Although much attention is paid to the world class golfers participating in this week's AT&T National Golf Tournament, the day before the pros teed off, the focus was on another group in attendance. Tournament host Tiger Woods paid tribute to the military's wounded warriors on Wednesday, something he has made a point of doing every year since launching the event more than five years ago, Stars and Stripes reports.

Family ties to the military
Honoring America's servicemembers is an issue close to the heart of the world's No. 1-ranked golfer. Woods' father, who passed away in 2006, served in the Army's Special Forces and fought in the Vietnam War. So it should come as no surprise that Woods makes recognizing the sacrifice made by troops a priority. In opening remarks on Wednesday, he touched on how important it is for him to thank those who serve in the military.

"For me to have a golf tournament in the D.C. area, it's only right to be able to honor the great men and women who serve our great country and do what they do," he told the gathered crowd, according to the news source. "It's a thankless act, and they put their lives on the line every time they go down range … We really do owe our freedom to all their hard work and sacrifices … in leaving their families for months at a time. They come back with debilitating injuries and sometimes they don't come back at all."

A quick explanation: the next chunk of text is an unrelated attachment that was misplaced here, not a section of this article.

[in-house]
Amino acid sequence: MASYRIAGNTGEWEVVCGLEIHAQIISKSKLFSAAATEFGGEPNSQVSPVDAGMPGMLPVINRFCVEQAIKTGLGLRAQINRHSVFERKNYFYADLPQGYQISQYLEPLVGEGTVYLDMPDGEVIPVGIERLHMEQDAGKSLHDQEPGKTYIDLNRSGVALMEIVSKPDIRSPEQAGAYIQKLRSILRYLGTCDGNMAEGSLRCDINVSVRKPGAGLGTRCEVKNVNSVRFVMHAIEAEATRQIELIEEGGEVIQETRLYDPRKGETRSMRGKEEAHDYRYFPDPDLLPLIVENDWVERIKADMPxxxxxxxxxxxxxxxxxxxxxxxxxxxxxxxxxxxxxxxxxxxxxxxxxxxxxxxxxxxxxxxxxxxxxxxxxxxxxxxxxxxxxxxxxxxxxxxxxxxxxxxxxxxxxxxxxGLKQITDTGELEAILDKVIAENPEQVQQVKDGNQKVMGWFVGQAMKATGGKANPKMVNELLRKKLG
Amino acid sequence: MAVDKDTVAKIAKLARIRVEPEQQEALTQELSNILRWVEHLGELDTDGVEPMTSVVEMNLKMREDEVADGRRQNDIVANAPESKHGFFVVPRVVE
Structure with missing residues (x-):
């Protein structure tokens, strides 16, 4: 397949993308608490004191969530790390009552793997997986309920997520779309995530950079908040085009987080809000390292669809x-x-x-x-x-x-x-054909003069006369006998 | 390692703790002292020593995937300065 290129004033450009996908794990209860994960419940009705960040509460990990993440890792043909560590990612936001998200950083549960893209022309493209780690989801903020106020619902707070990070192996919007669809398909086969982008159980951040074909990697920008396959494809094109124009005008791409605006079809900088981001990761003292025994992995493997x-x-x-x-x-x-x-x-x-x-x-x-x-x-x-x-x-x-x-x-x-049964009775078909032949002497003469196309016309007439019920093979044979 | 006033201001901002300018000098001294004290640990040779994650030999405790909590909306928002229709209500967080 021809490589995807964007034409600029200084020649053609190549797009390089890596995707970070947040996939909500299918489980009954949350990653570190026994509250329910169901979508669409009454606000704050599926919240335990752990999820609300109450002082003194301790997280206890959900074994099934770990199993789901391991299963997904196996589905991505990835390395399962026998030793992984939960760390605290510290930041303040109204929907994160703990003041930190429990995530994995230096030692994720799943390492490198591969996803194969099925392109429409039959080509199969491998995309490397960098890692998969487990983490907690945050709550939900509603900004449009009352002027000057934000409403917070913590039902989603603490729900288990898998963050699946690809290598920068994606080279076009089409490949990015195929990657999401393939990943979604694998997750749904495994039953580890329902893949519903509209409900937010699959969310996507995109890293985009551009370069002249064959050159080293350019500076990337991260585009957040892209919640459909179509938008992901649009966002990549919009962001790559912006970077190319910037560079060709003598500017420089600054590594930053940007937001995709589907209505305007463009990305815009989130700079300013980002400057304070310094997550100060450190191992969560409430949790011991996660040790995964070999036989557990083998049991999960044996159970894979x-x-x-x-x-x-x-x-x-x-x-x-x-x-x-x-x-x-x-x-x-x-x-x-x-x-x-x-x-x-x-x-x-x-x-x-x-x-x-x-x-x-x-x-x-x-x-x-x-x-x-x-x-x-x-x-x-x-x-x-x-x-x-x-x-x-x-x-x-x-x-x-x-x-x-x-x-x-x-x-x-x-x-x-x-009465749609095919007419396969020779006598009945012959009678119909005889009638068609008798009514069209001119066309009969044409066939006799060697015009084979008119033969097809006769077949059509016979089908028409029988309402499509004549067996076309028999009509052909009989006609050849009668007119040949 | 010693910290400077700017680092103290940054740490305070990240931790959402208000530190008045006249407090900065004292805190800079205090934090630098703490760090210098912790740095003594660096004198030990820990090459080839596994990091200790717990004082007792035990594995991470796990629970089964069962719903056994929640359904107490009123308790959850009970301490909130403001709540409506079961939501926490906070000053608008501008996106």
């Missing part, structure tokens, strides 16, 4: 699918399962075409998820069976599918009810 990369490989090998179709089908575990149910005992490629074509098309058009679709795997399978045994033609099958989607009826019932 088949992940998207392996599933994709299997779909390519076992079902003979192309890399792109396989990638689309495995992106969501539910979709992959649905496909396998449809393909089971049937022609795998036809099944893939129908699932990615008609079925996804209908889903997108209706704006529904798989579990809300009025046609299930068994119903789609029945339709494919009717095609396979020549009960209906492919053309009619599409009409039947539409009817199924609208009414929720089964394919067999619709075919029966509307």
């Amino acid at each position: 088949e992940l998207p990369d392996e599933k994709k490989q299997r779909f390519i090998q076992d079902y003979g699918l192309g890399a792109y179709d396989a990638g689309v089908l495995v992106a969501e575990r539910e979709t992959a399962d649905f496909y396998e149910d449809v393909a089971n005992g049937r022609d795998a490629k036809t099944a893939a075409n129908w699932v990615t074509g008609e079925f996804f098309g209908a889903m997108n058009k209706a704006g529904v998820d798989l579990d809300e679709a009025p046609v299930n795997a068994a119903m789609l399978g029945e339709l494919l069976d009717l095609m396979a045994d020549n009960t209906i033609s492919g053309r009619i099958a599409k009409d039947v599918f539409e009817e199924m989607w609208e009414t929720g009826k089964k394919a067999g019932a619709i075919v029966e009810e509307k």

Vets hit the course
The pre-tournament ceremonies offered some of the veterans in attendance more than just the chance to watch. In fact, some got the chance to play nine holes alongside some of the biggest names in the sport, according to NBC Washington. Among those who got the chance to hit the links was U.S. Marine Corps Lance Cpl. Tim Lang. The 28-year-old servicemember has had to have nearly 50 surgeries due to injuries he suffered when an improvised explosive device detonated near him. 

Despite losing his right leg from the knee down, Lang has turned into an avid golfer. In fact, the Salute Military Golf Association reached out to him and he has since used the sport to overcome the mental and physical wounds of war, according NBC.